George “G.J.” Mattey, a senior lecturer in the Department of Philosophy, is the newest member of the campus community to be forever linked with the late Charlie Nash over their shared commitment to shared governance. Read about his selection for the Nash Prize.

In Memoriam: Charles Higgins

Charles Higgins Jr.

Charles Graham Higgins Jr., professor emeritus of geology at UC Davis, died at Carmel Valley Manor in Carmel, California, on May 16, 2016. He was 90.

UC Davis Faculty and Grads at Bay Area Book Fest

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Naomi Williams

Three UC Davis faculty members and several graduates took part in the Bay Area Book Festival, June 4 and 5, downtown Berkeley. Admission was free.

Angie Chou, a 2005 graduate of the creative writing program in the English department, “She Who Has No Master(s)” panel at 11:45 June 4.

Innosanto Nagara, who earned a biology degree from UC Davis in 1993, is a children’s book author and illustrator on the panel “Pictures for Words, Words for Pictures: Authors and Illustrators on Collaboration” at 11:45 a.m. June 4.

Poet and English professor Joshua Clover “Put Your Poems Upon the Gears: Poetry and Activism,” at 1:30 p.m. June 4.

Department of History chair Kathy Olmsted "Right Out of California: The 1930s and the Big Business Roots of Modern Conservatism" panel at 10 a.m. June 5.

Poet Katie Peterson, assistant professor of English, “Break, Blow, Burn: Poets on Desire” panel 3:15 p.m. June 5.

Naomi Williams, a 2007 graduate of the creative writing program and author of the historical novel Landfalls “Truer than Truth? The Historical Novel” panel at 3:15 p.m. June 5.

Social Media Campaigning: It’s About the Conversation

Twitter’s use as a political campaigning tool has been spreading around the globe since President Barack Obama tapped social media on the way to the White House in 2008. Twitter’s role in India’s 2014 elections, in turn, offers a critical lesson for candidates in this year’s U.S. races, says Saifuddin “Saif” Ahmed, a doctoral student in communication.

Polarization of Voters Reflects Wide Differences in Moral Views

America’s political divide runs deep — with vastly different views among left, right and moderate voters on the nature of right and wrong, according to a recent study by UC Davis political scientist Christopher Hare.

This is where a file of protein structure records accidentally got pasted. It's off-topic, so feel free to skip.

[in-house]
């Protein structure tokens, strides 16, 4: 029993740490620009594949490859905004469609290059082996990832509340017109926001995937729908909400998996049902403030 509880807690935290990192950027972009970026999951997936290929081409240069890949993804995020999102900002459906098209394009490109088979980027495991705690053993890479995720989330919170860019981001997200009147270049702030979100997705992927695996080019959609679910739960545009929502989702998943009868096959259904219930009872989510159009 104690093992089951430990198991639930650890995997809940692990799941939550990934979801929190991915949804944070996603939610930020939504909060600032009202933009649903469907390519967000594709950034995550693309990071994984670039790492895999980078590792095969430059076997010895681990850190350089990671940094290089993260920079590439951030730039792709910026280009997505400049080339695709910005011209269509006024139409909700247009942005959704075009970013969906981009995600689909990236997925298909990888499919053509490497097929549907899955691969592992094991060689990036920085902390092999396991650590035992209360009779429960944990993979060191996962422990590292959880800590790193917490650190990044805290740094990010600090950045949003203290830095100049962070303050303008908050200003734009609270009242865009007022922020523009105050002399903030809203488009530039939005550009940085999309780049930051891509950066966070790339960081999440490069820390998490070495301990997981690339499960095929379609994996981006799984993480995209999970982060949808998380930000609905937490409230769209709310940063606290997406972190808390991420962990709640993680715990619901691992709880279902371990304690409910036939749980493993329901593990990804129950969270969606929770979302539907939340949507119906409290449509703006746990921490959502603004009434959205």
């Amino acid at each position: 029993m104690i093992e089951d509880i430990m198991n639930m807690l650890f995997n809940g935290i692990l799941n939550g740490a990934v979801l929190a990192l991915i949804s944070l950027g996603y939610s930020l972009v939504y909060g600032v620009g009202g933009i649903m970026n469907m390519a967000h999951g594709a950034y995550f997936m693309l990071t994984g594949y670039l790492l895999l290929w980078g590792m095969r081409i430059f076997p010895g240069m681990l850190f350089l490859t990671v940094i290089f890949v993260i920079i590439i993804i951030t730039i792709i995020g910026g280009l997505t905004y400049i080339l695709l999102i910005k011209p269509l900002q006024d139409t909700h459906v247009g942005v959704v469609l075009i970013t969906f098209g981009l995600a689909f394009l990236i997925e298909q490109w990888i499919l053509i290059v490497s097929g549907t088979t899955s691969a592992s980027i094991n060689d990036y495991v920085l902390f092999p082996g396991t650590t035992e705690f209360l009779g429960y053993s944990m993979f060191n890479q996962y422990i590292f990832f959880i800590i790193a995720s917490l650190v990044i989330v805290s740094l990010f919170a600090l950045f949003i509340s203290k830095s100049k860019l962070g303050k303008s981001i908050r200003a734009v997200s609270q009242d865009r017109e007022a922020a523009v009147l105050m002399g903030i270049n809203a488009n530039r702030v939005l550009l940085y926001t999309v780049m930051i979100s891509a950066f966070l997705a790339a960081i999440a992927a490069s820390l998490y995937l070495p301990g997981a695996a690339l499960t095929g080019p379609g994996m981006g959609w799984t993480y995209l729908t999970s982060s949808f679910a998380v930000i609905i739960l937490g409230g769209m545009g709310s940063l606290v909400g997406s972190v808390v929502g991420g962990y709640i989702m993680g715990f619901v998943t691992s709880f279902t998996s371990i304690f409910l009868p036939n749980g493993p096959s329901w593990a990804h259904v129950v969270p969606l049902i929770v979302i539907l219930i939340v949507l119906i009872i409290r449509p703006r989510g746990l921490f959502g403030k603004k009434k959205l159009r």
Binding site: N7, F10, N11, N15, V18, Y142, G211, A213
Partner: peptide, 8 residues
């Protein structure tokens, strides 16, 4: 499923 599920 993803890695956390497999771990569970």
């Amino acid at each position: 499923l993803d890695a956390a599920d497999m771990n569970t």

Two Programs in HArCS Become Departments

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The UC Davis Division of Humanities, Arts and Cultural Studies (HArCS) has two new departments: American Studies and African American and African Studies have been elevated from programs to full departments.

Conference and celebration honoring Eldridge Moores

Eldridge Moores

Eldridge Moores

In his 50 years at UC Davis, geologist Eldridge Moores led a celebrated career spanning the birth of plate tectonics to assembling California. The Department of Earth and Planetary Sciences celebrated his golden anniversary at UC Davis during the weekend of June 3-5, 2016. There were seminars and discussions on Friday afternoon and Saturday, social hours and a field trip on Sunday. Event details and links to a RSVP form are available at: geology.ucdavis.edu/events/moores50

Risk and Rescue: Tina Rulli

If a hiker were lost in the backcountry and you were able to rescue them, would you feel morally obligated to do so? Would the hiker be similarly obliged to take adequate precautions against getting lost? Assistant Professor of Philosophy Tina Rulli grapples with the ethics of risk and rescue, and their implications for public policy.

Conference Envisions New Methods in Political Scholarship

Illustration of donkeys and elephants, each red and blue with white stars, meeting in the middle

A politcal science conference, Visions in Methodology 2016, brought researchers from across the country to UC Davis earlier this month with the goal of supporting women who study political methodology.

Four of Five Fulbright Awards Go to New College Grads and Alumni

Natalie Boyd

Five UC Davis graduating seniors and alumni will pack language skills — and experiences as varied hip-hop music production and stand-up comedy — when they head overseas to be cultural ambassadors as Fulbright grantees.

Historian Beverly Bossler Interviewed on New Book Networks

portrait photo of UC Davis historian Beverly Bossler in front of Chinese books

Beverly Bossler, professor of history, talks about her book, Gender and Chinese History: Transformative Encounters (University of Washington Press, 2015), in a recent interview on New Books Network.

New Fossil Changes Ideas About Marine Reptile Evolution

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A newly discovered fossil is changing ideas about the evolution of the dolphin-like ichthyosaurs, marine reptiles that lived at the same time as the dinosaurs on land, and shows how quickly life rebounded from a catastrophic mass extinction 250 million years ago.

A Big Launch for the Global Tea Initiative at UC Davis

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The colloquium launching the UC Davis Global Tea Initiative for the Study of Tea Culture and Science featured scholars from around the world talking about the chemicals and compounds in tea, types of tea, the Japanese tea ceremony and a kind of ceramic that for 500 years has been considered the best for making tea.